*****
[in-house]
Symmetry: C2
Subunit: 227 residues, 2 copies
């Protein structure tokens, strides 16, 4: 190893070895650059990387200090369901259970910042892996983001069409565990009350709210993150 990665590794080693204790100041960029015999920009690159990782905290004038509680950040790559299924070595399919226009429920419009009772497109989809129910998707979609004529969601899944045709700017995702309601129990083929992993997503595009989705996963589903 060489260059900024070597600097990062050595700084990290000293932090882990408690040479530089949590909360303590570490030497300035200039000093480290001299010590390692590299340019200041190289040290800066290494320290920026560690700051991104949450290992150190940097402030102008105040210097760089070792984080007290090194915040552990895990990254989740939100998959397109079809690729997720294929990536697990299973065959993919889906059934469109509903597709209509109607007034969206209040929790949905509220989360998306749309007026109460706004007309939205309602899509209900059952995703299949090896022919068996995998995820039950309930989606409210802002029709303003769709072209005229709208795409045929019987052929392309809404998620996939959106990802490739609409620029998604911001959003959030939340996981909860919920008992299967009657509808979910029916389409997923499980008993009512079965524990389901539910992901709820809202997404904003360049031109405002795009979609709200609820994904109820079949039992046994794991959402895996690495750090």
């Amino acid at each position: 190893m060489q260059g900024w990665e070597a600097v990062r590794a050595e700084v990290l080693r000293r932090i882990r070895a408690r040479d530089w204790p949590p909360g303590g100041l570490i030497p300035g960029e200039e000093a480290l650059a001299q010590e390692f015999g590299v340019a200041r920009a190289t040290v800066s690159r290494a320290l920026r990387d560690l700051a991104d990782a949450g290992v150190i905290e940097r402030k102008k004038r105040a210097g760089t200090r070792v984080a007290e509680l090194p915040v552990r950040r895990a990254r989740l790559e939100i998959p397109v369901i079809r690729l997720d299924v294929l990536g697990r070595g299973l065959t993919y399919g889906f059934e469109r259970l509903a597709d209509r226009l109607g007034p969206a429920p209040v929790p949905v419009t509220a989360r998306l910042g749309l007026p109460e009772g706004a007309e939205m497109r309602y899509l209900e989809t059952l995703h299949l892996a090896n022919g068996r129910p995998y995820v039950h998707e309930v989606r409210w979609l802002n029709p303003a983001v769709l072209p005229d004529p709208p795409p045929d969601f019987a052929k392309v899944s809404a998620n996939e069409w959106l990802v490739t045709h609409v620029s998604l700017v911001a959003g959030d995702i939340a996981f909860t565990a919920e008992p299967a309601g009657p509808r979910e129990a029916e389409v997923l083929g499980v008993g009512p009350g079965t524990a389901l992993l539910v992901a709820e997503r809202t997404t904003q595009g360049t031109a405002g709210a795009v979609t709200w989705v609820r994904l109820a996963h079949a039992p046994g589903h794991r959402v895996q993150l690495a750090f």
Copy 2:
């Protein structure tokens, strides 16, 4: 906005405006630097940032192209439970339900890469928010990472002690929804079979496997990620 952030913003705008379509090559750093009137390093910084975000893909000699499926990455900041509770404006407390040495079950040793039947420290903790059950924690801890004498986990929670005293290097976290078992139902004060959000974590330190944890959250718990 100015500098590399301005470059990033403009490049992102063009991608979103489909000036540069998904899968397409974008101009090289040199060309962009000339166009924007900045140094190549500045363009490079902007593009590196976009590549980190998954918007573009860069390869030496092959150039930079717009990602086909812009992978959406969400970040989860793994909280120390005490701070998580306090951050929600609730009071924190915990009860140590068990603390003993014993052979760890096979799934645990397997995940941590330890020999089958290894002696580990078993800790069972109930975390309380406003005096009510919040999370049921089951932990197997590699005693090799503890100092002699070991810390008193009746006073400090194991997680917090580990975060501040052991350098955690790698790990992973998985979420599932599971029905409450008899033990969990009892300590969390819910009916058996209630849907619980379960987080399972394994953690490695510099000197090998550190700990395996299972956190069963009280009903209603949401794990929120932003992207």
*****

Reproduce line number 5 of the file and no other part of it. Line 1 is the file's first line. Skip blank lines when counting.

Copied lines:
């Amino acid at each position: 190893m060489q260059g900024w990665e070597a600097v990062r590794a050595e700084v990290l080693r000293r932090i882990r070895a408690r040479d530089w204790p949590p909360g303590g100041l570490i030497p300035g960029e200039e000093a480290l650059a001299q010590e390692f015999g590299v340019a200041r920009a190289t040290v800066s690159r290494a320290l920026r990387d560690l700051a991104d990782a949450g290992v150190i905290e940097r402030k102008k004038r105040a210097g760089t200090r070792v984080a007290e509680l090194p915040v552990r950040r895990a990254r989740l790559e939100i998959p397109v369901i079809r690729l997720d299924v294929l990536g697990r070595g299973l065959t993919y399919g889906f059934e469109r259970l509903a597709d209509r226009l109607g007034p969206a429920p209040v929790p949905v419009t509220a989360r998306l910042g749309l007026p109460e009772g706004a007309e939205m497109r309602y899509l209900e989809t059952l995703h299949l892996a090896n022919g068996r129910p995998y995820v039950h998707e309930v989606r409210w979609l802002n029709p303003a983001v769709l072209p005229d004529p709208p795409p045929d969601f019987a052929k392309v899944s809404a998620n996939e069409w959106l990802v490739t045709h609409v620029s998604l700017v911001a959003g959030d995702i939340a996981f909860t565990a919920e008992p299967a309601g009657p509808r979910e129990a029916e389409v997923l083929g499980v008993g009512p009350g079965t524990a389901l992993l539910v992901a709820e997503r809202t997404t904003q595009g360049t031109a405002g709210a795009v979609t709200w989705v609820r994904l109820a996963h079949a039992p046994g589903h794991r959402v895996q993150l690495a750090f």